Evidence does exist, however, which, if believed, arguably contradicts the Tidwells' contention that they believed the DynART system performed IMRT. For example, when a company called Oncology Solutions evaluated the Treatment Center's equipment in 2010, it found that the Treatment Center's equipment was not "competitive with current standard-of-care models" and would need to be replaced. Pl.'s Resp. to Def.'s Mot. for Summ. J. Ex. 10, Mem. from Jake A. Jones III to Donald E. Elder (June 24, 2010), ECF No. 95-11; Pl.'s Resp. to Def.'s Mot. for Summ. J. Ex. 7, Email from Eve Tidwell to Matt Sherer (Jan. 31, 2011), ECF No. 95-8 (acknowledging that others had concluded that it was malpractice to treat patients using the Treatment Center's equipment); see also Pl.'s Resp. to Def.'s Mot. for Summ. J. Ex. 11, Chisela Report (Jan. 2, 2013), ECF No. 95-12 (finding that the Treatment Center's equipment was "not capable of supporting radiation treatment of cancer patients to meet minimum acceptable standards of care"). Given this conflicting evidence, the Court finds that a genuine factual dispute exists as to whether the Tidwells believed that the DynART system performed IMRT.

In 2010, Columbus Regional Healthcare System purchased the Treatment Center for $10.5 million. After the purchase, Dr. Tidwell continued to treat patients at the Treatment Center, and Mrs. Tidwell continued to work at the Treatment Center. Barker contends that Columbus Regional paid more than the fair market value for the Treatment Center so that Columbus Regional would receive referrals from Dr. Tidwell and so that Dr. Tidwell's patients would not be referred to Columbus Regional's competitors. See Tidwell Dep. 46:16-47:5, ECF No. 85 (explaining that Mrs. Tidwell told Columbus Regional it would "lose a hell of a lot of money if they didn't buy" the Treatment Center because if Columbus Regional's competitor bought or opened its own cancer center, any patient referrals would be to the competitor and not to Columbus Regional).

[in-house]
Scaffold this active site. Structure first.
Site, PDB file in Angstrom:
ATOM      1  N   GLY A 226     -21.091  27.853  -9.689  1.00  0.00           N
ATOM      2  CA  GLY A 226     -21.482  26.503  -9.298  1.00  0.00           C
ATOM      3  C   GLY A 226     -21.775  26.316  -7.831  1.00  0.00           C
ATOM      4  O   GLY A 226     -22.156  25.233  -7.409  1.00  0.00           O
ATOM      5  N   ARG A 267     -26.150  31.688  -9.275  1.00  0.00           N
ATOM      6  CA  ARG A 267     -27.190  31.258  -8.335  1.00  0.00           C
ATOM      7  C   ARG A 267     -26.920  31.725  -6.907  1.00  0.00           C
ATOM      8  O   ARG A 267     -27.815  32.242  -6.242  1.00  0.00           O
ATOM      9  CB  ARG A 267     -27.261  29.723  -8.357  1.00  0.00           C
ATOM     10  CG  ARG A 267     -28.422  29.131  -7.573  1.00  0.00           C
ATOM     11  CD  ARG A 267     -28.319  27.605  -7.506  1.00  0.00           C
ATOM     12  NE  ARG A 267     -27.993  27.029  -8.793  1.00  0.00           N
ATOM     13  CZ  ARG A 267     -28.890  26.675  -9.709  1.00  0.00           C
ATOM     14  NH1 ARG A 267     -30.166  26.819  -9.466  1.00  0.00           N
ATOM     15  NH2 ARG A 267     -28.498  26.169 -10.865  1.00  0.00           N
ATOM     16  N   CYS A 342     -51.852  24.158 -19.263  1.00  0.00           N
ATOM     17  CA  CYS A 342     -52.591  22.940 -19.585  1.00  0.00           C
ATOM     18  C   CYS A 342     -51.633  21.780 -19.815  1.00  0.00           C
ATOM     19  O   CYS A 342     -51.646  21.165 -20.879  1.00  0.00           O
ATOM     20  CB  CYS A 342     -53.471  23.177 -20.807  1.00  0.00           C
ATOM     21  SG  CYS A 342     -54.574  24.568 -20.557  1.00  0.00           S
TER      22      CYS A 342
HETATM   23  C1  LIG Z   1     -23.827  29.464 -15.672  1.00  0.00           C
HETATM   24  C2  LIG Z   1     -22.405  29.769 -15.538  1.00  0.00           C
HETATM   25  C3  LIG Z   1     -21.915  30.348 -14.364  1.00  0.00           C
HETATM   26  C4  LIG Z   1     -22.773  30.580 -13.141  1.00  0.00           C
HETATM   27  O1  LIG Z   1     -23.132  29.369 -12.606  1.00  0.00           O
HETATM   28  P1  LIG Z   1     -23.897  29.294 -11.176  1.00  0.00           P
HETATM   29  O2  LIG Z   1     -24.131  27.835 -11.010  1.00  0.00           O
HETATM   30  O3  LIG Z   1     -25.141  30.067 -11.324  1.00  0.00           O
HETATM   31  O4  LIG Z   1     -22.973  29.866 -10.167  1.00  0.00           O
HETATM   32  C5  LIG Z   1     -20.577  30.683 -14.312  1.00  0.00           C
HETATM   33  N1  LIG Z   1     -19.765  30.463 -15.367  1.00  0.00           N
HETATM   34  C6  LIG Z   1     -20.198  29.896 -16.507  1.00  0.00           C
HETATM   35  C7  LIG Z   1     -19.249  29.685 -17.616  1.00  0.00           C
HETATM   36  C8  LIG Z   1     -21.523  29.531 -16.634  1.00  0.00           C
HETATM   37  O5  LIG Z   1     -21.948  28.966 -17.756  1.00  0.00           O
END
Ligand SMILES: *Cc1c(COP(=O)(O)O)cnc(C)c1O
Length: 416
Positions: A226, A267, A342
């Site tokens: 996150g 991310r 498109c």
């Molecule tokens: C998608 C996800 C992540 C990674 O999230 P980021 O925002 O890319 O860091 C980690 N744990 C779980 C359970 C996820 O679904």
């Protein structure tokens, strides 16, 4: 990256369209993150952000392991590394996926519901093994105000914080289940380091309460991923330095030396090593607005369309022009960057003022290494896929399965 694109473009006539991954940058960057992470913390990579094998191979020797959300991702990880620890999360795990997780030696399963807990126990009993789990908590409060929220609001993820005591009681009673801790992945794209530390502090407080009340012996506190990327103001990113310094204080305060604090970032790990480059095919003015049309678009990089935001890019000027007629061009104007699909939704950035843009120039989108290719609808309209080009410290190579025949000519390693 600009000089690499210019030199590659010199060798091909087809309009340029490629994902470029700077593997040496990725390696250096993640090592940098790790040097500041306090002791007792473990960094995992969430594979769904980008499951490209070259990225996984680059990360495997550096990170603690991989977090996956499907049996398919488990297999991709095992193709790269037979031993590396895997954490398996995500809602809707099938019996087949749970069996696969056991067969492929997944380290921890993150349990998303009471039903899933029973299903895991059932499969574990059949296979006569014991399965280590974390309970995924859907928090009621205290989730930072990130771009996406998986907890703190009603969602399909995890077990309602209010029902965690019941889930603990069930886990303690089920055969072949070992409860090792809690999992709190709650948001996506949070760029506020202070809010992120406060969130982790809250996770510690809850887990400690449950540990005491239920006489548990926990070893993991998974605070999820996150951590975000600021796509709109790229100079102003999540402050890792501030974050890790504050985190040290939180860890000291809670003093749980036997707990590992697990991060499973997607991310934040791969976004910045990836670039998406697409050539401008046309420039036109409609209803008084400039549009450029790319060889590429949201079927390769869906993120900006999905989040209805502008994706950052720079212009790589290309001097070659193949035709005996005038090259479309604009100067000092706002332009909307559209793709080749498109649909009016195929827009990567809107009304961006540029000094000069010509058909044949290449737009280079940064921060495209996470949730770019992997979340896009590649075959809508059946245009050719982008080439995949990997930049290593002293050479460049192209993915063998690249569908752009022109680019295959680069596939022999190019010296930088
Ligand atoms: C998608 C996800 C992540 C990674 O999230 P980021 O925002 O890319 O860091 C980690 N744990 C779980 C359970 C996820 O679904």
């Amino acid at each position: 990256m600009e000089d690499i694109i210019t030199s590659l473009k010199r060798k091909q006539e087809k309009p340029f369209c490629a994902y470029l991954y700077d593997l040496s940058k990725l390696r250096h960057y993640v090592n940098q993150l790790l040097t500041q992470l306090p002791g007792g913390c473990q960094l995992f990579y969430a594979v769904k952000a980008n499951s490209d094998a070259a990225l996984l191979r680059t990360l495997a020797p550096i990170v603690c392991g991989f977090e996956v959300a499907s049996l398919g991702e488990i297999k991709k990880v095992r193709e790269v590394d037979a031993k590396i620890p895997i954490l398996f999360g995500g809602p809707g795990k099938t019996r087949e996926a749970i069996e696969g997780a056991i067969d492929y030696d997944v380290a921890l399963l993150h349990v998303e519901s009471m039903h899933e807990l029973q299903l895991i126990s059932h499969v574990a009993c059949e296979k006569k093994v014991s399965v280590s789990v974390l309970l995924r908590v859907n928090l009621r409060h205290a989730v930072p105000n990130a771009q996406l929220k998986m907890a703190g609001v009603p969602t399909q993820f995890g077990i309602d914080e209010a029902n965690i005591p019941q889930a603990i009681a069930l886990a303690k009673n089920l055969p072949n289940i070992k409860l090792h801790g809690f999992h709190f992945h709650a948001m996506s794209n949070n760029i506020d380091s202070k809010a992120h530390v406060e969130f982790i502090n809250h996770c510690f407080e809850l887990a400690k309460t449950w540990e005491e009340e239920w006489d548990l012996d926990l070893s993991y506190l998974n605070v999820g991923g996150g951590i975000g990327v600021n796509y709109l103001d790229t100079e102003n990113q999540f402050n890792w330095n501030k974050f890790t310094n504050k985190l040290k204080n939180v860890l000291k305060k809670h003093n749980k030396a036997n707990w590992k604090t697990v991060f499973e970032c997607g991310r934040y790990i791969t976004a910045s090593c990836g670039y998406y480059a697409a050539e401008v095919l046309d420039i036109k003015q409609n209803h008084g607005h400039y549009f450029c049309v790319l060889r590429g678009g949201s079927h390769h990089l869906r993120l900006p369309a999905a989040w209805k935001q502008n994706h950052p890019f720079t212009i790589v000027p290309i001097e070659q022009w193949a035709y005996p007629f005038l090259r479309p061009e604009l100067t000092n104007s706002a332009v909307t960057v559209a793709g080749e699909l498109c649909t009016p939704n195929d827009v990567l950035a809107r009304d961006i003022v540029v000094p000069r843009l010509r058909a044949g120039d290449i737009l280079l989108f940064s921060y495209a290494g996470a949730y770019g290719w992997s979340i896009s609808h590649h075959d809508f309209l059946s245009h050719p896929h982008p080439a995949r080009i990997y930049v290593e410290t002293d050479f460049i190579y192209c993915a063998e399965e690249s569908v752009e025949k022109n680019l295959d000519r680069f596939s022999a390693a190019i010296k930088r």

The Tidwells assert that they believed that $10.5 million was a reasonable price for the Treatment Center. In support of this position, the Tidwells point out that their accountant advised them in 2009 not to sell the Treatment Center for less than $12 million, and in 2010 another free-standing radiation oncology clinic in Georgia sold for $18 million. Tidwell Decl. ¶ 15. But there is also evidence that the Treatment Center was not worth $10.5 million in 2010. It is undisputed that a valuation firm placed the "high end" value of the Treatment Center at $10 million. See also Tidwell Dep. 45:16-19 ("I wouldn't do anything with the Medical Center for less than 500, 000 more than whatever our appraisal is because they have been such pains in our asses for so many years."). In addition, Barker pointed to evidence that the Treatment Center's equipment was out of date and needed to be replaced. Pl.'s Resp. to Def.'s Mot. for Summ. J. Ex. 10, Mem. from Jake A. Jones III to Donald E. Elder (June 24, 2010), ECF No. 95-11.

DISCUSSION

The False Claims Act and the Georgia Medicaid False Claims Act prohibit fraud against government programs. Both statutes impose liability on any person who "knowingly presents, or causes to be presented, a false or fraudulent claim for payment or approval." 31 U.S.C. § 3729(a)(1)(A); accord O.C.G.A. § 49-4-168.1. Under both statutes, the term "knowingly" means that "a person, with respect to information-(i) has actual knowledge of the information; (ii) acts in deliberate ignorance of the truth or falsity of the information; or (iii) acts in reckless disregard of the truth or ...